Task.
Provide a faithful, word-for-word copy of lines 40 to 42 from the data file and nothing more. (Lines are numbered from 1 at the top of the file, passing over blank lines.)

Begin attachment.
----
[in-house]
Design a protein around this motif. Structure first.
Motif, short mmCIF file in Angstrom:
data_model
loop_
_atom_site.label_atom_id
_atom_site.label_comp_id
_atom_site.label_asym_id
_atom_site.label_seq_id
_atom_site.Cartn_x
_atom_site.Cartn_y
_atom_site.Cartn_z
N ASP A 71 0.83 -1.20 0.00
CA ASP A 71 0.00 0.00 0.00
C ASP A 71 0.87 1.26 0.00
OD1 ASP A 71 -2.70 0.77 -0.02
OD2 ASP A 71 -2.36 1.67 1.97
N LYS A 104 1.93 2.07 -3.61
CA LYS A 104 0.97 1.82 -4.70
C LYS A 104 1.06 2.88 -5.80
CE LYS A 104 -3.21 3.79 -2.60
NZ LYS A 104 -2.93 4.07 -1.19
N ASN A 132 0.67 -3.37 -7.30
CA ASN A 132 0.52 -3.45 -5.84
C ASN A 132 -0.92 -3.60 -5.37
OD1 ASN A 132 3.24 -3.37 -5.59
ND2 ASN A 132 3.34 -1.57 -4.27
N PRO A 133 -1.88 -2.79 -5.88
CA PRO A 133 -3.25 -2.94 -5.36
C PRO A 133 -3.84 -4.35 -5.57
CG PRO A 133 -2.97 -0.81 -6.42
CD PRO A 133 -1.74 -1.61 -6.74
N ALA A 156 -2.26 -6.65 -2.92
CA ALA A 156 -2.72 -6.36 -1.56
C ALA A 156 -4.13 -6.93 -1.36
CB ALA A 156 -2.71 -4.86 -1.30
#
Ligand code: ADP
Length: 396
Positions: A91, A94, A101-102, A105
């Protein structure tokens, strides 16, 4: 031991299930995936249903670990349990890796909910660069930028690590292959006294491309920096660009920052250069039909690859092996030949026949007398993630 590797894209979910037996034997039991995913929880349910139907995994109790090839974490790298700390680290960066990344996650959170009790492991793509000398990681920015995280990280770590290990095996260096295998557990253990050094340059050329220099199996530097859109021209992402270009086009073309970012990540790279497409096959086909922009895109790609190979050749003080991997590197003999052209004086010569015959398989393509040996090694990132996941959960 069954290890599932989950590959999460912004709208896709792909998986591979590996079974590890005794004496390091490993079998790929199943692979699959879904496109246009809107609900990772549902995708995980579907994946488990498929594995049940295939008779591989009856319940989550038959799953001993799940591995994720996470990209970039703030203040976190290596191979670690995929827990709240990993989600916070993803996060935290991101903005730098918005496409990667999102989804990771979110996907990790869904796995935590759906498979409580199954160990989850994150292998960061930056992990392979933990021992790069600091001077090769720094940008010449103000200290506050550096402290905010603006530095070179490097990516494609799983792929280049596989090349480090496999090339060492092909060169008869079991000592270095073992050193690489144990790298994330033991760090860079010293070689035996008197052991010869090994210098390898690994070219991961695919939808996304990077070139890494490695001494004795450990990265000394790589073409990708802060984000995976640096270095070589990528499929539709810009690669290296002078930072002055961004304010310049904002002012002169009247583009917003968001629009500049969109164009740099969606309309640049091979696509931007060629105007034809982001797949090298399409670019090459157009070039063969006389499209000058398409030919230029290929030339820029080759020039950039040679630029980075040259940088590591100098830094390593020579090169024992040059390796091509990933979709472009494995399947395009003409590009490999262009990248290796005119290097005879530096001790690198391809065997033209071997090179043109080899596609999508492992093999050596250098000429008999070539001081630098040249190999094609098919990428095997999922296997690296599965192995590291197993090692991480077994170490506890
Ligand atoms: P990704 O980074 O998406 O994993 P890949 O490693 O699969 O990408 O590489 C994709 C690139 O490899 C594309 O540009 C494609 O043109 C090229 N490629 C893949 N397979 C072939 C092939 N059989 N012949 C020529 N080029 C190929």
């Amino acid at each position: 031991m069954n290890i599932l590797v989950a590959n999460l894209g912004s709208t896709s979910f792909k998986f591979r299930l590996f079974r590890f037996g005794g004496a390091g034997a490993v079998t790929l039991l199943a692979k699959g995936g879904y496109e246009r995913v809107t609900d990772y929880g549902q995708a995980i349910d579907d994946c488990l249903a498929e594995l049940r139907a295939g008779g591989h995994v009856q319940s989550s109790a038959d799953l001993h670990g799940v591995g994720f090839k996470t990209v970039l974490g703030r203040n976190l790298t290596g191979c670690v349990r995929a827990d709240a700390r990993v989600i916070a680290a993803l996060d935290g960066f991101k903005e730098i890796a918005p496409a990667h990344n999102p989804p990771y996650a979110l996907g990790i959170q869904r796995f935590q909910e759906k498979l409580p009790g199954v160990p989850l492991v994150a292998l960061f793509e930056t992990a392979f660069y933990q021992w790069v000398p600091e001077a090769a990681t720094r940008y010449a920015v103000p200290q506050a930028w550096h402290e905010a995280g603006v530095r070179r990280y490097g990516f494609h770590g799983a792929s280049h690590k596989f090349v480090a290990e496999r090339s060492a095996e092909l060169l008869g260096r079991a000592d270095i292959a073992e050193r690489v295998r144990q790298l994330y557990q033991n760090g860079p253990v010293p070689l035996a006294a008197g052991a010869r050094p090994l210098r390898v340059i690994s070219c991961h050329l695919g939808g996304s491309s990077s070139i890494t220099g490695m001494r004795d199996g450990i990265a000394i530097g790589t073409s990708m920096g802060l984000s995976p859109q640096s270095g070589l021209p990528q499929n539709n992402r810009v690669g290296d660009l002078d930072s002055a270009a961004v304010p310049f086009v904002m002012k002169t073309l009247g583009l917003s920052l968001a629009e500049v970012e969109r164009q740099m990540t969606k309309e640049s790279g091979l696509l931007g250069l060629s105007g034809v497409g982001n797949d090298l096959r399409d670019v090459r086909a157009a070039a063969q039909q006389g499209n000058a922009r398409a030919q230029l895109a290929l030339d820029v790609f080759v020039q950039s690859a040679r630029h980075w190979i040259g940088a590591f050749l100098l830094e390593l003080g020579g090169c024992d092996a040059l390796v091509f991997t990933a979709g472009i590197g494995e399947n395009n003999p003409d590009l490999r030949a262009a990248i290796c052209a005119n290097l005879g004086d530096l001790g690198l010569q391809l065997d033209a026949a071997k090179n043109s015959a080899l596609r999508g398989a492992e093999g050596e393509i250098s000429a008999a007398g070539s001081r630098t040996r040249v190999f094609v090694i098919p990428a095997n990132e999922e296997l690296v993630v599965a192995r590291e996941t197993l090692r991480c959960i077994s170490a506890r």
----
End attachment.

Positions: A91, A94, A101-102, A105
């Protein structure tokens, strides 16, 4: 031991299930995936249903670990349990890796909910660069930028690590292959006294491309920096660009920052250069039909690859092996030949026949007398993630 590797894209979910037996034997039991995913929880349910139907995994109790090839974490790298700390680290960066990344996650959170009790492991793509000398990681920015995280990280770590290990095996260096295998557990253990050094340059050329220099199996530097859109021209992402270009086009073309970012990540790279497409096959086909922009895109790609190979050749003080991997590197003999052209004086010569015959398989393509040996090694990132996941959960 069954290890599932989950590959999460912004709208896709792909998986591979590996079974590890005794004496390091490993079998790929199943692979699959879904496109246009809107609900990772549902995708995980579907994946488990498929594995049940295939008779591989009856319940989550038959799953001993799940591995994720996470990209970039703030203040976190290596191979670690995929827990709240990993989600916070993803996060935290991101903005730098918005496409990667999102989804990771979110996907990790869904796995935590759906498979409580199954160990989850994150292998960061930056992990392979933990021992790069600091001077090769720094940008010449103000200290506050550096402290905010603006530095070179490097990516494609799983792929280049596989090349480090496999090339060492092909060169008869079991000592270095073992050193690489144990790298994330033991760090860079010293070689035996008197052991010869090994210098390898690994070219991961695919939808996304990077070139890494490695001494004795450990990265000394790589073409990708802060984000995976640096270095070589990528499929539709810009690669290296002078930072002055961004304010310049904002002012002169009247583009917003968001629009500049969109164009740099969606309309640049091979696509931007060629105007034809982001797949090298399409670019090459157009070039063969006389499209000058398409030919230029290929030339820029080759020039950039040679630029980075040259940088590591100098830094390593020579090169024992040059390796091509990933979709472009494995399947395009003409590009490999262009990248290796005119290097005879530096001790690198391809065997033209071997090179043109080899596609999508492992093999050596250098000429008999070539001081630098040249190999094609098919990428095997999922296997690296599965192995590291197993090692991480077994170490506890
Ligand atoms: P990704 O980074 O998406 O994993 P890949 O490693 O699969 O990408 O590489 C994709 C690139 O490899 C594309 O540009 C494609 O043109 C090229 N490629 C893949 N397979 C072939 C092939 N059989 N012949 C020529 N080029 C190929």